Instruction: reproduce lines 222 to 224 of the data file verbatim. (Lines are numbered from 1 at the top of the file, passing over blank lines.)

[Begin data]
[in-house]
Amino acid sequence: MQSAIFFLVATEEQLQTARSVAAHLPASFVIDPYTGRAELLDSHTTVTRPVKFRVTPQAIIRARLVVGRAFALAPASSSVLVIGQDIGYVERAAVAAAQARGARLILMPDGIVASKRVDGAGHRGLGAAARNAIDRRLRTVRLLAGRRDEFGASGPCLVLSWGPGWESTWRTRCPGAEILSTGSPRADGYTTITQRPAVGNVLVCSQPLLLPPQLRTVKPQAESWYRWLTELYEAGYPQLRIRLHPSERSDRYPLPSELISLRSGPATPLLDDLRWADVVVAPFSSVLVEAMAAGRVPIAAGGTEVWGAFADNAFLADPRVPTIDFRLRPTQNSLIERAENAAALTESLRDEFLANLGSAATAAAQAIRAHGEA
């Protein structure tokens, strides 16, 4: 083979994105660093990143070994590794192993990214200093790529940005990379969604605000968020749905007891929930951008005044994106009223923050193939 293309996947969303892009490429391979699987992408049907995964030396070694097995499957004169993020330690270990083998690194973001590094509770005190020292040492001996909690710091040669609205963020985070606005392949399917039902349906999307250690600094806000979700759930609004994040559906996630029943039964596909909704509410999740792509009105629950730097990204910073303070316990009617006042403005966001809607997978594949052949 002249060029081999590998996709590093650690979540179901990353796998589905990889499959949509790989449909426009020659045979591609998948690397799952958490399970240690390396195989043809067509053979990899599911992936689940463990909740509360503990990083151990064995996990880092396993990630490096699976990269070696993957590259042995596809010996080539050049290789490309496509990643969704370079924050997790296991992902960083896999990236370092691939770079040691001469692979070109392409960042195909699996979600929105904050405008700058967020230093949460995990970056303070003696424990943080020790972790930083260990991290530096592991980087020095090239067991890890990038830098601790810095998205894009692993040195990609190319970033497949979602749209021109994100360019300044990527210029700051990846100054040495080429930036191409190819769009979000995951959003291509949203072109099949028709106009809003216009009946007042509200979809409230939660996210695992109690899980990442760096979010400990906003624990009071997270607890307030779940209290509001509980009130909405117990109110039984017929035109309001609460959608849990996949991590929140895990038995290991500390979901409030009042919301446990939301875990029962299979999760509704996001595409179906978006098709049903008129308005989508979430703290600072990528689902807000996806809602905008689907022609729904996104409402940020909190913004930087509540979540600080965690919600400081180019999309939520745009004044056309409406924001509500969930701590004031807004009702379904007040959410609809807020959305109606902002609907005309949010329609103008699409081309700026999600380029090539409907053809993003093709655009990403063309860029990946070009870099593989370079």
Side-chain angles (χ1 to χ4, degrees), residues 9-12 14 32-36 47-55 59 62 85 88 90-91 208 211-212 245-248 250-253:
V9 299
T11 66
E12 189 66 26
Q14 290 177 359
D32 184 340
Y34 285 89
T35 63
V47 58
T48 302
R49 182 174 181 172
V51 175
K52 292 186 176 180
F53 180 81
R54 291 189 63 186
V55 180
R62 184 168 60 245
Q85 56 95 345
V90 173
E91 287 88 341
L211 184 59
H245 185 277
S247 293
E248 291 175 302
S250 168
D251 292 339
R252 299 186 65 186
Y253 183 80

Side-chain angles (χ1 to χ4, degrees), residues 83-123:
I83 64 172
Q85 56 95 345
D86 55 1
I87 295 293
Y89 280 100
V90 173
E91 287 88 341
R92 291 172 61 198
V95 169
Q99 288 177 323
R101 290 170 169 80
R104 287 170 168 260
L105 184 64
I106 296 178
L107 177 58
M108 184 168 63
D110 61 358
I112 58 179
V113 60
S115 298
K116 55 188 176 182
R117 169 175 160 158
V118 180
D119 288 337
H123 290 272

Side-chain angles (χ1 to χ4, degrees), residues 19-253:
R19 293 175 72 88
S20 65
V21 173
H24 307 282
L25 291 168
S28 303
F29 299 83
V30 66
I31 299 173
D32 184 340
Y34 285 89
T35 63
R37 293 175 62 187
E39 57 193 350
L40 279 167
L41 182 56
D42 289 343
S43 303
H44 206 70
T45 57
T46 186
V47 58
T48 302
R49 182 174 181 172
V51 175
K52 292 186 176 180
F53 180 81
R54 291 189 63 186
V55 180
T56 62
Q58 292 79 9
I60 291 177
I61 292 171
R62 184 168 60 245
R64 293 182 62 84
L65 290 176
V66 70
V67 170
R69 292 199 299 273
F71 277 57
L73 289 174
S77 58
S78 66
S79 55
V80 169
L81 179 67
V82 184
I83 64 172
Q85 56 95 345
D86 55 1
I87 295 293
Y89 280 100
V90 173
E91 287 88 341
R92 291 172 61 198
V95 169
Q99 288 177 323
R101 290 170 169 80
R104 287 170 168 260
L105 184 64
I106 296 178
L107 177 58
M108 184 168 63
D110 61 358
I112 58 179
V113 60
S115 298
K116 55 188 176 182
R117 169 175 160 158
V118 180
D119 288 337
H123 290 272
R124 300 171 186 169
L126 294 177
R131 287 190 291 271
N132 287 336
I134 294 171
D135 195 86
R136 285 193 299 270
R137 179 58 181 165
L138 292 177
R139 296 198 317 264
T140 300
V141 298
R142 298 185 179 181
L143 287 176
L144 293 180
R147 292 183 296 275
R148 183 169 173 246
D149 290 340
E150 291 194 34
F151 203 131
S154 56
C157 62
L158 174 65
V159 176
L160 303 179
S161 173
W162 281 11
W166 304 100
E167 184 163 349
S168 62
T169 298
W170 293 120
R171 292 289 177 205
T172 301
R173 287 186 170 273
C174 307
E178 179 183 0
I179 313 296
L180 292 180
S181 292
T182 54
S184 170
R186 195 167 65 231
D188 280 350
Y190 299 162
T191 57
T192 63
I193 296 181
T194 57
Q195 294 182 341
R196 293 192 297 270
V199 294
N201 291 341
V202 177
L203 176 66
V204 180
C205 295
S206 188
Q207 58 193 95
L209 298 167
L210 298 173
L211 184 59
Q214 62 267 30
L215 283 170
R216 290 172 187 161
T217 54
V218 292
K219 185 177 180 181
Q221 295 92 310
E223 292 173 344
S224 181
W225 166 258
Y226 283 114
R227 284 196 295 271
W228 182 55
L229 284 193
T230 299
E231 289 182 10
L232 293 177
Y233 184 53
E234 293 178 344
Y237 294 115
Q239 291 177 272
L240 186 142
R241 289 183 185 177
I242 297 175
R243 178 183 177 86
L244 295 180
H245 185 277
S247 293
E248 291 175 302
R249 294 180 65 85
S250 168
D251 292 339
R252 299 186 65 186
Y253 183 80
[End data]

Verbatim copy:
R249 294 180 65 85
S250 168
D251 292 339